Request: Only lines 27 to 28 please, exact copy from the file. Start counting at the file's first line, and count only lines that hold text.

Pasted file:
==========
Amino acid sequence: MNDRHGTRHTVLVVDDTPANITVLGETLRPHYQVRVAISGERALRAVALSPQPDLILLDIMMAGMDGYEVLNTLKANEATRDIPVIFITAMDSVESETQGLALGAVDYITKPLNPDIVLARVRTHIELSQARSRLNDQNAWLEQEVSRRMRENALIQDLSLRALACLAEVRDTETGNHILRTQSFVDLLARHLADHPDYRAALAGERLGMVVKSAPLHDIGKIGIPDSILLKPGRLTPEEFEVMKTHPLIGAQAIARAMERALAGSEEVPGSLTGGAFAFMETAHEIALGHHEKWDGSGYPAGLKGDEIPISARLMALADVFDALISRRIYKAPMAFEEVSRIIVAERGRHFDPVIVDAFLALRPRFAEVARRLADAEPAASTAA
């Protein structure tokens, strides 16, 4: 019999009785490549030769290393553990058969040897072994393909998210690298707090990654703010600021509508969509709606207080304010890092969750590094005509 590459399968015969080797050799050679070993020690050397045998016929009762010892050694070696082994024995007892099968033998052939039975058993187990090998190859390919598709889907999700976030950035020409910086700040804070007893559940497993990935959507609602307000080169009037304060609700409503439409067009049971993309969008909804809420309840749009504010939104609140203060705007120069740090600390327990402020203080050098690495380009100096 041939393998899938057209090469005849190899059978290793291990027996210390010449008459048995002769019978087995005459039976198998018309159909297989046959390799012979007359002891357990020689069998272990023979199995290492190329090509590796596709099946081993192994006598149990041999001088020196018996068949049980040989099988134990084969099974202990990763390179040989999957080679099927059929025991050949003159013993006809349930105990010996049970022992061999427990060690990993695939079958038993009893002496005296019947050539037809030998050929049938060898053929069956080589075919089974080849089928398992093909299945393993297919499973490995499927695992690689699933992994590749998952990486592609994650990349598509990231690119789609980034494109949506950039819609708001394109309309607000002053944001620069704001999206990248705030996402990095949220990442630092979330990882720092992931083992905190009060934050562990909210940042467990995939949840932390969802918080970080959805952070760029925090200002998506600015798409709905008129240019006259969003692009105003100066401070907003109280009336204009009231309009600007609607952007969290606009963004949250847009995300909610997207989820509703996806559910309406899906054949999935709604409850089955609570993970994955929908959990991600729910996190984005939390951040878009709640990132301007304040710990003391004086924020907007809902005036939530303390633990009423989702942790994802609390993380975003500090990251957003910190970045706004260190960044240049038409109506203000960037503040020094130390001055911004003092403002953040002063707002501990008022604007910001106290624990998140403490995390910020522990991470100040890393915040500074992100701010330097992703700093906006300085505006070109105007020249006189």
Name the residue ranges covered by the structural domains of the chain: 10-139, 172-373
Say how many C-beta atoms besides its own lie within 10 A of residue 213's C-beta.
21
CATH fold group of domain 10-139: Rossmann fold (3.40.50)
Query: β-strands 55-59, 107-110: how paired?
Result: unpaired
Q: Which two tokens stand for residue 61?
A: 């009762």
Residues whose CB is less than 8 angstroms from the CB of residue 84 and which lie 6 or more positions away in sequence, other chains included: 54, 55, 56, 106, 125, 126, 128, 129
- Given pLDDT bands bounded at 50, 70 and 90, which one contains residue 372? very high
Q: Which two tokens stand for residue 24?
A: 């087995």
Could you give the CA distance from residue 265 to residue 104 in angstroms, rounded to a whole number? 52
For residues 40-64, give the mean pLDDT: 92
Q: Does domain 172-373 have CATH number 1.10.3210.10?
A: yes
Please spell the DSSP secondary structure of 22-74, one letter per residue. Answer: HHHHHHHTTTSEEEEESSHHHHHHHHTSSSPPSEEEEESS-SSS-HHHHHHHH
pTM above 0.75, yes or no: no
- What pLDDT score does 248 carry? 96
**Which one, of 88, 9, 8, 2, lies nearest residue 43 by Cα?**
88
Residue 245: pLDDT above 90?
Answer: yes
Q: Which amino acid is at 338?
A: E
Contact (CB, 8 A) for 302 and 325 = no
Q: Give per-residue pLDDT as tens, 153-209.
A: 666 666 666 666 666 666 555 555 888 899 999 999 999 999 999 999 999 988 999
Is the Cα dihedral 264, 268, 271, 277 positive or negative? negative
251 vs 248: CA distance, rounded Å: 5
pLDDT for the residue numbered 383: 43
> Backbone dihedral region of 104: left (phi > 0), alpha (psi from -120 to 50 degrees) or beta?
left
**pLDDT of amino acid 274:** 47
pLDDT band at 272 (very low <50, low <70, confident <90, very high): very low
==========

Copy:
A: E
Contact (CB, 8 A) for 302 and 325 = no